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A previous question was asked and the reader was ask to use hexdigest() instead. ...and that does work. But what is the structure of the format of digest?

The following test code:

import hashlib, base64
f1 = open('foo.jpeg', 'rb')    
m = hashlib.sha512()
m.update(f1.read())
sha = m.digest()
print(m.digest())
print(m.hexdigest())
res = base64.b64encode(sha)
print( res)

produces the following output:

>>> 
b'\xf3g\xd1S\xc4#OK\xb8\xb7\x1f~r\xf0\x19JE\xb0d\xb9\x11O\x08\x1c\xc66\x00\xb3i*\x87\x08\x92+\xd3)F\x02\t\x80\xf0m\x8b;\x9c\xcdq\xbd\xb9\x92k\x7f}d\t\xc65\x12\x0b\x17\xf9]5\x97'

f367d153c4234f4bb8b71f7e72f0194a45b064b9114f081cc63600b3692a8708922bd32946020980f06d8b3b9ccd71bdb9926b7f7d6409c635120b17f95d3597
>>> 

I don't get what the parts like "#OK", "~r", "i*" etc. mean in the first line of output above. Any light that can be shed on this would be greatly appreciated. The hexdigest() output, of course, makes perfect sense.

Previous question was: hashlib.sha256 returned some weird characters in python. Many Thanks.

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2 Answers 2

up vote 2 down vote accepted

The output of a hash function like sha512 is a 512 bit string or 64 byte string. Thus the result of m.digest is a bytes object of length 64. The output is pseudo random, thus the "#OK" in the hash is purely coincidental. The output of m.hexdigest are the same bytes encoded as hexadecimal digits.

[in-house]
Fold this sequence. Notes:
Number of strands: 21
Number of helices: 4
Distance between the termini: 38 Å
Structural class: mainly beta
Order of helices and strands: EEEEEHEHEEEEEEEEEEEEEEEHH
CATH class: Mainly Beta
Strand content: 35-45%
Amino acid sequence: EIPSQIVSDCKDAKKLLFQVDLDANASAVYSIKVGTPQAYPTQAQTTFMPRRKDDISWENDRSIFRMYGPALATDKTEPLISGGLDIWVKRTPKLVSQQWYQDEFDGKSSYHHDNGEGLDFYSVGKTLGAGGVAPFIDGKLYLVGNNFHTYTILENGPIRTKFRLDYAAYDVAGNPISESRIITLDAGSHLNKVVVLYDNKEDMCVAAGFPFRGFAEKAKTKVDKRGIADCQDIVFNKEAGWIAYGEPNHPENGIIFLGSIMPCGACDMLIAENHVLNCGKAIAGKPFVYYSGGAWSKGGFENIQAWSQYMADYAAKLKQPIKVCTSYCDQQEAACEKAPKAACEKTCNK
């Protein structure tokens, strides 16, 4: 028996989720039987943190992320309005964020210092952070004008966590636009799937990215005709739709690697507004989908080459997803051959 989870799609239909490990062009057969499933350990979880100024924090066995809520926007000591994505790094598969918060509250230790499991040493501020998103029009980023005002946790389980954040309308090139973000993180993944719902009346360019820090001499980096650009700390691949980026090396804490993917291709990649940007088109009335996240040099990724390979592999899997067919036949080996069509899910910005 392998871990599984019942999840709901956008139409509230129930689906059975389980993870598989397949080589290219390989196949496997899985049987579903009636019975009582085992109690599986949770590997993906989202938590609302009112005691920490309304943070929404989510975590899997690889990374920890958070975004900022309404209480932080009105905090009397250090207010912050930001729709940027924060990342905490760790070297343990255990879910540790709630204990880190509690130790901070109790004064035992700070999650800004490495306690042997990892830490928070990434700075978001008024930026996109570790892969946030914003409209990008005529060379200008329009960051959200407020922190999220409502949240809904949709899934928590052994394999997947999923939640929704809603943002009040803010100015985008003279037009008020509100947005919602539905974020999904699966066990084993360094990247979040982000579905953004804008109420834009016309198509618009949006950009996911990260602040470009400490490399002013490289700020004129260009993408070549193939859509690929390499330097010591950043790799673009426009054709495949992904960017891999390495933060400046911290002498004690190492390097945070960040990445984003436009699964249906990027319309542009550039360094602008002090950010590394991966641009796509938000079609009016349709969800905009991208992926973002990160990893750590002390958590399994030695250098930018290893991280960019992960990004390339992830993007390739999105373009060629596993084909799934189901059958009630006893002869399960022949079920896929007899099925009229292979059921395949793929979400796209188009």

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Got it! Thanks. I assumed something was being done to make the output printable... and that is clearly not the case... or rather, when something is done to make it printable you end up with hex digest(). –  user54289 Aug 11 '13 at 17:05
    
@user54289: Right. For hashes it is customary to represent them as hex digits, if you have to print them, but if you need to save space, you can also base64 encode it like you did in the second to last line of your code. Please mark this answer as accepted if you found it helpful and it answered your question. –  Perseids Aug 11 '13 at 17:35
    
but here he has n output of length 128. 1024 bits. this is not normal –  David 天宇 Wong Apr 29 at 0:01
1  
@David天宇Wong: The output is 128 hex characters. As each hex character represents 4 bits you actually have 512 bits only. –  Perseids Apr 29 at 4:29

As the python reference states:

hash.digest()

Return the digest of the strings passed to the update() method so far. This is a string of digest_size bytes which may contain non-ASCII characters, including null bytes.

So what you see is the byte representation of your digest so far.

If you have a look at the ASCII chart, you see that some of the bytes can be represented as printable characters. For example, the second byte in your digest (hex 67) encodes the character g, whereas the first byte (hex f3) cannot be represented as a printable character and is thus printed out as \xf3.

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